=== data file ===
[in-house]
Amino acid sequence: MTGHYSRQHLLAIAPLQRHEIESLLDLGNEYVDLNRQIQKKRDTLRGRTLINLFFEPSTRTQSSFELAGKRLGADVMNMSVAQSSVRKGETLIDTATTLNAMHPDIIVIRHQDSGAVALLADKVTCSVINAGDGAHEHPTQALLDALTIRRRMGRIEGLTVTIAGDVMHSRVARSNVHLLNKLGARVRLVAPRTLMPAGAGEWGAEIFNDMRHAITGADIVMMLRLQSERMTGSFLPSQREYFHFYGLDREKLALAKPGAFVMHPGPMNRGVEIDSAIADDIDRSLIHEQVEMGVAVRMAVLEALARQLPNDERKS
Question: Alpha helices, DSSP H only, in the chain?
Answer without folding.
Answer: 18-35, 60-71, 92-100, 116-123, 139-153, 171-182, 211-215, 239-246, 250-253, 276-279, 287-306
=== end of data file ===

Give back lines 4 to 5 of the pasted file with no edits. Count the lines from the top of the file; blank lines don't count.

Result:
Answer without folding.
Answer: 18-35, 60-71, 92-100, 116-123, 139-153, 171-182, 211-215, 239-246, 250-253, 276-279, 287-306